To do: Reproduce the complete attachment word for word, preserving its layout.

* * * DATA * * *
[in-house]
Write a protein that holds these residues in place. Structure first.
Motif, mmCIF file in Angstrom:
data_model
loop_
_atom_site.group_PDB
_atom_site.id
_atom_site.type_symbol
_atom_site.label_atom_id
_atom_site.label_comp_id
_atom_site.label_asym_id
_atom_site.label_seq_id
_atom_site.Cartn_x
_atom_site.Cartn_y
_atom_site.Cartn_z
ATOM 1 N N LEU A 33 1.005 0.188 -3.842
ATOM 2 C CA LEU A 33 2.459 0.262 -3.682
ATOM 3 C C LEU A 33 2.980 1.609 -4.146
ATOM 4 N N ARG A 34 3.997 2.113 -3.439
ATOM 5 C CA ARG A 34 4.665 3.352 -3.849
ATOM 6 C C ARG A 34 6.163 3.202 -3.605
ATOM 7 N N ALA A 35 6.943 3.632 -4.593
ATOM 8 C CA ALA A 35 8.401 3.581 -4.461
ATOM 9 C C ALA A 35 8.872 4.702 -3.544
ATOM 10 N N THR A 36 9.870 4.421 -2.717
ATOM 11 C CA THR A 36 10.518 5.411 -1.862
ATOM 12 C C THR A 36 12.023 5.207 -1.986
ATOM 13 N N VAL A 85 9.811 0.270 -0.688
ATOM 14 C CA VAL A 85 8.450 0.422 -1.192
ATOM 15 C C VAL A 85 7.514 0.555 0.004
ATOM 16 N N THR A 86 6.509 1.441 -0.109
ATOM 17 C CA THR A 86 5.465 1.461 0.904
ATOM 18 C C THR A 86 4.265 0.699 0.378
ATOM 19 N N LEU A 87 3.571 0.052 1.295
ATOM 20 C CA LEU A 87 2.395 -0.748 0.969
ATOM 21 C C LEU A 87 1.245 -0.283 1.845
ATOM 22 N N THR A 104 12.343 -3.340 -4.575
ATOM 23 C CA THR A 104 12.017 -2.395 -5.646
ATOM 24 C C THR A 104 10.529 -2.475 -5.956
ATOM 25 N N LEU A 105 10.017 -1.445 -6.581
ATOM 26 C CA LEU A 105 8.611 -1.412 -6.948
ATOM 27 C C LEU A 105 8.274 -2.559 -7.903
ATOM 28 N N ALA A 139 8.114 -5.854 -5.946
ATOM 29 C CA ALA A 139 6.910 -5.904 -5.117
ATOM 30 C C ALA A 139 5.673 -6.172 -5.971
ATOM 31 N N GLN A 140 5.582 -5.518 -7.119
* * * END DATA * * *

[in-house]
Write a protein that holds these residues in place. Structure first.
Motif, mmCIF file in Angstrom:
data_model
loop_
_atom_site.group_PDB
_atom_site.id
_atom_site.type_symbol
_atom_site.label_atom_id
_atom_site.label_comp_id
_atom_site.label_asym_id
_atom_site.label_seq_id
_atom_site.Cartn_x
_atom_site.Cartn_y
_atom_site.Cartn_z
ATOM 1 N N LEU A 33 1.005 0.188 -3.842
ATOM 2 C CA LEU A 33 2.459 0.262 -3.682
ATOM 3 C C LEU A 33 2.980 1.609 -4.146
ATOM 4 N N ARG A 34 3.997 2.113 -3.439
ATOM 5 C CA ARG A 34 4.665 3.352 -3.849
ATOM 6 C C ARG A 34 6.163 3.202 -3.605
ATOM 7 N N ALA A 35 6.943 3.632 -4.593
ATOM 8 C CA ALA A 35 8.401 3.581 -4.461
ATOM 9 C C ALA A 35 8.872 4.702 -3.544
ATOM 10 N N THR A 36 9.870 4.421 -2.717
ATOM 11 C CA THR A 36 10.518 5.411 -1.862
ATOM 12 C C THR A 36 12.023 5.207 -1.986
ATOM 13 N N VAL A 85 9.811 0.270 -0.688
ATOM 14 C CA VAL A 85 8.450 0.422 -1.192
ATOM 15 C C VAL A 85 7.514 0.555 0.004
ATOM 16 N N THR A 86 6.509 1.441 -0.109
ATOM 17 C CA THR A 86 5.465 1.461 0.904
ATOM 18 C C THR A 86 4.265 0.699 0.378
ATOM 19 N N LEU A 87 3.571 0.052 1.295
ATOM 20 C CA LEU A 87 2.395 -0.748 0.969
ATOM 21 C C LEU A 87 1.245 -0.283 1.845
ATOM 22 N N THR A 104 12.343 -3.340 -4.575
ATOM 23 C CA THR A 104 12.017 -2.395 -5.646
ATOM 24 C C THR A 104 10.529 -2.475 -5.956
ATOM 25 N N LEU A 105 10.017 -1.445 -6.581
ATOM 26 C CA LEU A 105 8.611 -1.412 -6.948
ATOM 27 C C LEU A 105 8.274 -2.559 -7.903
ATOM 28 N N ALA A 139 8.114 -5.854 -5.946
ATOM 29 C CA ALA A 139 6.910 -5.904 -5.117
ATOM 30 C C ALA A 139 5.673 -6.172 -5.971
ATOM 31 N N GLN A 140 5.582 -5.518 -7.119